This is a brief history of this site, for those who are interested.

In the fall of 1992, I was taking university courses in Science Fiction literature and Science Fiction cinema. One of the courses required a short seminar, so for my topic I chose to combine the two. On October 19, I posted a message on Usenet asking for suggestions of films to add to my short list. There were 32 films on the list at that point.

On May 4, 1993, I had finally merged all the many suggestions from over 70 email replies generated by my original posting, and posted the updated list. It had already become large enough to split into SF, horror and fantasy sections, now totalling 271 films.

Sometime in late 1993 or early 1994 I got my first web site and posted the list there. At this time, it was still just three static pages.

November, 1997 saw a move from my former web host to my own server. This opened up many new options, and in January, 1998 I added simple scripts to search through each of the three genre-specific lists, generating a simple list of matches along with the basic details being kept at the time. Now, instead of maintaining HTML files, I maintained text files, and the HTML was generated automatically by the search scripts, greatly simplifying the process.

In June, 1998, the collection, which now included 512 films, was changed from flat text files to a simple Berkeley DB which could support the slightly more complex data relationships that were beginning to crop up. The three lists were merged, with a new indicator of which genre a movie belonged in. A new, unified search script was needed, and a second script was added to display details of a particular film. Maintenance was still done via text files which were then imported into the Berkeley DB format.

The site was named the Site of the Week for February 21, 2000 by Science Fiction Weekly.

In December, 2001 the site was promoted to a subdomain at http://fictionintofilm.trawna.com/ from its former subdirectory location at http://www.trawna.com/greg/movies/

By October, 2002, the web site was becoming too complex to be supported by the simple Berkeley DB files that were being searched. The switch was made to a MySQL database. Taking advantage of the flexibility provided by the new database structure, specific searches based on author and film release date were added. Even now, maintenance was done on text files (albeit files that were now easier to update), which were imported into the database. Having been busy with other priorities, the database had only grown marginally to 569 films by this date.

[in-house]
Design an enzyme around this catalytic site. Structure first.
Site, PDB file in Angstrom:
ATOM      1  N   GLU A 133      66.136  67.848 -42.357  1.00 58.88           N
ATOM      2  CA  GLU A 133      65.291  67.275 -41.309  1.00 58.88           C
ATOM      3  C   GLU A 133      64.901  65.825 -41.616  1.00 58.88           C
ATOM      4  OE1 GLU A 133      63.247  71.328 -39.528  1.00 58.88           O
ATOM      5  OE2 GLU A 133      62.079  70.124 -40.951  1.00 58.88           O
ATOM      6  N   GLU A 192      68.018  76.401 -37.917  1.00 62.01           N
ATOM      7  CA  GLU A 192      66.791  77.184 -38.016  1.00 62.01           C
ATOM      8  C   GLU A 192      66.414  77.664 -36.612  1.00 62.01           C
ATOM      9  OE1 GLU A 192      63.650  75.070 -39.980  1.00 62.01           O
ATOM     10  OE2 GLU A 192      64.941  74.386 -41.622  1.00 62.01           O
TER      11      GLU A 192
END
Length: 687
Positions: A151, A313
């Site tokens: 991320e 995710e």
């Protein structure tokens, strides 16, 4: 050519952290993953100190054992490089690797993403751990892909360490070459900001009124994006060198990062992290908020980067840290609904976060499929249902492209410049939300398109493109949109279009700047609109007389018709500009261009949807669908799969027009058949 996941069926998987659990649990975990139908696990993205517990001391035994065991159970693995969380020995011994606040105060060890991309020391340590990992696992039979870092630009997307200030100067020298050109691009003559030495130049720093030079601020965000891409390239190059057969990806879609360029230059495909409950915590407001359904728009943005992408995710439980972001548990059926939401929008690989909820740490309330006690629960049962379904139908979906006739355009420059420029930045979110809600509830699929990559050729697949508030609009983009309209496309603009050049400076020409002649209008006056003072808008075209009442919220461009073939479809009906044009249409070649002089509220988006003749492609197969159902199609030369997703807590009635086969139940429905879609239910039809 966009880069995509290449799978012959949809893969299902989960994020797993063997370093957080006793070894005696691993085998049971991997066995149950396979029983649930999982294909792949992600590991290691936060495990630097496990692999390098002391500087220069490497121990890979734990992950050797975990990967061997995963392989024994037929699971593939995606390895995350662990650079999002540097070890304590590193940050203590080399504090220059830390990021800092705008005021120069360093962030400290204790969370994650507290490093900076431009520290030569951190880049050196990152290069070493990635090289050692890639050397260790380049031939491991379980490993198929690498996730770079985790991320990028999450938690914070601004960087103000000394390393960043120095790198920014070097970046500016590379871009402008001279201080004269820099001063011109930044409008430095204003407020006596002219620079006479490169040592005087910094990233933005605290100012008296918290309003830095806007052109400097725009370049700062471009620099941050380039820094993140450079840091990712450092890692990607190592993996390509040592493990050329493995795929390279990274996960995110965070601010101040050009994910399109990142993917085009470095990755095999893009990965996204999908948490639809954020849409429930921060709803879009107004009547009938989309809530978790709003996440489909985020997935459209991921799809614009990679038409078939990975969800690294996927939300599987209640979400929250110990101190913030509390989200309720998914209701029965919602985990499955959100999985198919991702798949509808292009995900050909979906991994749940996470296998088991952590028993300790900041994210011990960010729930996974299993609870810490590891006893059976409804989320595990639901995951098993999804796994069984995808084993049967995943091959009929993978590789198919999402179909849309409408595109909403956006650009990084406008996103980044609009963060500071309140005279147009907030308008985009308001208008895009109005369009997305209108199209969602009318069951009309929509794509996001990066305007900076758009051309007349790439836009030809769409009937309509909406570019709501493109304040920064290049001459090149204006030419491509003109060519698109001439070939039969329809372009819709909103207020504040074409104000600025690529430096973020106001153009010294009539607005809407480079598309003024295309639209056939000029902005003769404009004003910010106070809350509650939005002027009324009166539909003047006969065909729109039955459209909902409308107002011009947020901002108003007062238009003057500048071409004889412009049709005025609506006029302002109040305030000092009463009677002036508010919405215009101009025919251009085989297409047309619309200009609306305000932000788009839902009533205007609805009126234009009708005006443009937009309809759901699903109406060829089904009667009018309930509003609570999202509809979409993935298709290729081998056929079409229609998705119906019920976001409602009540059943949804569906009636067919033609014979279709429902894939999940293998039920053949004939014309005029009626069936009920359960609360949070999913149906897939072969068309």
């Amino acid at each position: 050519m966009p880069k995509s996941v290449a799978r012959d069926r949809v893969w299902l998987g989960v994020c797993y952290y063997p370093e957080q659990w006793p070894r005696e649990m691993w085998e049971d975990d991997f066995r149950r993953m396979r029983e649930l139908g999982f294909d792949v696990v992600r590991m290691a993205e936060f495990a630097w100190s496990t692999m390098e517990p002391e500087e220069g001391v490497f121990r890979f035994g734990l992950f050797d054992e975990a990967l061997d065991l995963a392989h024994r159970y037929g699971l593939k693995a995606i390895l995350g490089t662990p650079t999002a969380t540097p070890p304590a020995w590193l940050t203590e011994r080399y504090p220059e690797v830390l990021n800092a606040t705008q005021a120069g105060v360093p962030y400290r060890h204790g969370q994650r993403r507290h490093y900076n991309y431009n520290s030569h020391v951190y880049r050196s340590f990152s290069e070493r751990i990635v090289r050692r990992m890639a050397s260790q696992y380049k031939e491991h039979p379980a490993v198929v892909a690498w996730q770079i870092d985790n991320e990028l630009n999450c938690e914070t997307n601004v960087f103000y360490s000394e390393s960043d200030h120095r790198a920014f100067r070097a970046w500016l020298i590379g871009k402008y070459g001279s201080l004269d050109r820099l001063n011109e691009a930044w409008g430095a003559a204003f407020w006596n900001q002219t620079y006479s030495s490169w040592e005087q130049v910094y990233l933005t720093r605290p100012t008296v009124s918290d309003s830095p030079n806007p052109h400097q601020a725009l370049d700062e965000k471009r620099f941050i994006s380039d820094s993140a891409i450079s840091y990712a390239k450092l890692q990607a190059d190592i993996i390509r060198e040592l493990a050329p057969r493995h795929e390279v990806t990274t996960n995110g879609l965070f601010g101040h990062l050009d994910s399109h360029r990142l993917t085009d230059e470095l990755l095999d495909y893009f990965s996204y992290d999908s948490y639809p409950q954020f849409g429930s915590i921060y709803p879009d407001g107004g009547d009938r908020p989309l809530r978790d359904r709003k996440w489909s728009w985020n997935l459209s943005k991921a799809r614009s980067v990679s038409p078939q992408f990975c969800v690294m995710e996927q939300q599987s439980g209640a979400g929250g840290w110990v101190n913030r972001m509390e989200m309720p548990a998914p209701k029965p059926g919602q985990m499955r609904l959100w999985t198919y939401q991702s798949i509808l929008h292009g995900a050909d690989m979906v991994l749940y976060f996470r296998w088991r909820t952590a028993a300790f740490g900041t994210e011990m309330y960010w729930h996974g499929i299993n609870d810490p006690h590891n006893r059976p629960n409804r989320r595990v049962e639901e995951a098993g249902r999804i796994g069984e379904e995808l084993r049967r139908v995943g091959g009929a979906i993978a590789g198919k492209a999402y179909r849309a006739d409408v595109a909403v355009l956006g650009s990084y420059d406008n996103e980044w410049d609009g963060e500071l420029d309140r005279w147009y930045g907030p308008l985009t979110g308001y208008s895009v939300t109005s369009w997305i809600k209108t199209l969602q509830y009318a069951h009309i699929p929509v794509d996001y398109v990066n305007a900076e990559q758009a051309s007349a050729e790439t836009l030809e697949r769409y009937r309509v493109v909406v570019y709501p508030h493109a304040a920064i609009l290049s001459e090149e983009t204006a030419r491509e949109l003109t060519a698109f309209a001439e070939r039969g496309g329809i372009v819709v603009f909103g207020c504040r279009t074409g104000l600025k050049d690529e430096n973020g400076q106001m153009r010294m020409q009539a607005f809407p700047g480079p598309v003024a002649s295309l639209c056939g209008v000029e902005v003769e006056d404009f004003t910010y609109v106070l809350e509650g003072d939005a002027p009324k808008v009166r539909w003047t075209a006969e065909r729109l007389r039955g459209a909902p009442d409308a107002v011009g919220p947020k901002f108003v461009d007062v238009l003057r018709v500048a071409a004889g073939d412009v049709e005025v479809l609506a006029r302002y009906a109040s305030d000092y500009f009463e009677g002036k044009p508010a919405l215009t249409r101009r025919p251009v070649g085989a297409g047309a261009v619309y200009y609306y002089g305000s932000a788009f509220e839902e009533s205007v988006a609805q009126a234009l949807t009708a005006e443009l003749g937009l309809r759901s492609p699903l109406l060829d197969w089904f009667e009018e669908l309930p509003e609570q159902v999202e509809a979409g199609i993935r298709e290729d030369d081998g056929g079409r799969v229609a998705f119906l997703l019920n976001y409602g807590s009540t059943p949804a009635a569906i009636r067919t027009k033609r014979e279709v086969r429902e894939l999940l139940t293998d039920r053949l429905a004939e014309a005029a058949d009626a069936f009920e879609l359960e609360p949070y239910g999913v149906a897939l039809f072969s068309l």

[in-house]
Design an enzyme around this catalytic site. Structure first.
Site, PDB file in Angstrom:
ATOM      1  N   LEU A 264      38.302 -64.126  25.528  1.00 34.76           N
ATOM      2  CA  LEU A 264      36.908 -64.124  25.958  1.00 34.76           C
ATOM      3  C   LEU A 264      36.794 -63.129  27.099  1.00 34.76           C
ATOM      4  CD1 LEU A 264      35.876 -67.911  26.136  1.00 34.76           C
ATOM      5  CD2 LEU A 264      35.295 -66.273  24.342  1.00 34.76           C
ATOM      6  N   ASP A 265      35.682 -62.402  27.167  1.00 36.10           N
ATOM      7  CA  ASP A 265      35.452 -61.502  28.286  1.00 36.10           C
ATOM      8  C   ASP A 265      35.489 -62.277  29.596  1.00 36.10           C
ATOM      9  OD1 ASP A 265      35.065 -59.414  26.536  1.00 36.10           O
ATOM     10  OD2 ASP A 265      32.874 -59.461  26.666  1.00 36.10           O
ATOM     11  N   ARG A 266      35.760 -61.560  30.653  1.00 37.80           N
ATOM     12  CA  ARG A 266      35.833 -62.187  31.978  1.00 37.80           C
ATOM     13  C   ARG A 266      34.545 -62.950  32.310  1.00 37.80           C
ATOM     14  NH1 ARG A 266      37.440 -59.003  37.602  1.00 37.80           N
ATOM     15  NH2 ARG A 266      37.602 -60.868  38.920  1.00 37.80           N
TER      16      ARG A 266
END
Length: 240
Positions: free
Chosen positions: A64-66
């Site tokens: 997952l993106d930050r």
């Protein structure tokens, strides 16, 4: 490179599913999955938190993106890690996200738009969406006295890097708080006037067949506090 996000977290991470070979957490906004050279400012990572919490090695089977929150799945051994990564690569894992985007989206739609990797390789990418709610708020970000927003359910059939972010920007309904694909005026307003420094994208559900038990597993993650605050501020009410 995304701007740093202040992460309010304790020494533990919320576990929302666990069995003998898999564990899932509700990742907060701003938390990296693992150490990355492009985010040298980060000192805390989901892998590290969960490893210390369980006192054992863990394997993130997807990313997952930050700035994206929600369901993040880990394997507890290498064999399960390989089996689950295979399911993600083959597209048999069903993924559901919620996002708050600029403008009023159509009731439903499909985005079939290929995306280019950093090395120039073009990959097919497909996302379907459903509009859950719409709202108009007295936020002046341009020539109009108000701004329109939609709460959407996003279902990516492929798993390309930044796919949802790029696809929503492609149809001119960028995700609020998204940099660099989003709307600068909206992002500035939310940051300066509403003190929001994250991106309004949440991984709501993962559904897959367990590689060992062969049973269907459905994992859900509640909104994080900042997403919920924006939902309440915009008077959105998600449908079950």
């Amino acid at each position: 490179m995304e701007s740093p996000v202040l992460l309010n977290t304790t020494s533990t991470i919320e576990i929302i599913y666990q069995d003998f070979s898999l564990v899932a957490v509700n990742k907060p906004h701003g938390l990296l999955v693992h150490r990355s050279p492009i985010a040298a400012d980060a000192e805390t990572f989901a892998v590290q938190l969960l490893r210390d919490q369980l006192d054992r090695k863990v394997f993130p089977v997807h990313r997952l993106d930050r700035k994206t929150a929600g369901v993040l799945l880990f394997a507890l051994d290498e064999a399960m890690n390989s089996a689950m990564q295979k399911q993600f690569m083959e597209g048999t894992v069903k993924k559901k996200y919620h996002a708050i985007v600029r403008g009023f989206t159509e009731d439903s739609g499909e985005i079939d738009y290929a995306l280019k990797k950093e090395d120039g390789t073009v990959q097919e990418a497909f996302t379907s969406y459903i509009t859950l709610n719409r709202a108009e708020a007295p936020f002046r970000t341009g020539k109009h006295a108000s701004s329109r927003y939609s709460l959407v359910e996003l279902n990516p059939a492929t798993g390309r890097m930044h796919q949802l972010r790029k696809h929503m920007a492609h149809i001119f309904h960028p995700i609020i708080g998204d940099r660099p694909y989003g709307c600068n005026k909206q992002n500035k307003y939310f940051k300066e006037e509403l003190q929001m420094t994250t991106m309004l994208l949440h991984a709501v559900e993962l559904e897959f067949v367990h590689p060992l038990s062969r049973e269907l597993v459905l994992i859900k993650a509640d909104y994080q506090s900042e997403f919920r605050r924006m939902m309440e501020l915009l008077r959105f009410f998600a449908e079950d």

June, 2003 saw the introduction of a new server with greatly increased capabilities. This was necessitated by increased traffic; in particular some spiders would submit requests for every film's details in a very short time, and the old server (a 200MHz Pentium with 48Mb of RAM) would get bogged down by so many simultaneous requests. The database stood at 616 films at this time.

The first user survey began in July, 2003.

In August, 2003, I finally put together an administrative form that I could use to manipulate the database directly, simplifying the maintenance process tremendously.

March, 2005 saw the first of a new set of features aimed at developing a "community" feeling, by allowing users who have signed up to leave comments and ratings. Five new scripts were required just to handle user maintenance, a big expansion from the total of six which previously ran the whole site. The database numbered 837 films at this point.

April, 2005 was a busy month with improved formatting, substantial new data (including over 1500 new Amazon links and an increase in film count to 916), and the registration of a new, dedicated domain: https://www.fifdb.com/.

In December, 2008, the entire site was re-implemented in PHP, using the CakePHP framework and a modified version of the Wildflower CMS, thereby resolving some recent hosting issues and adding long-desired functionality.

In June, 2020, the entire site was again re-implemented with the latest version of the CakePHP framework, and moved to a load-balanced server for better reliability.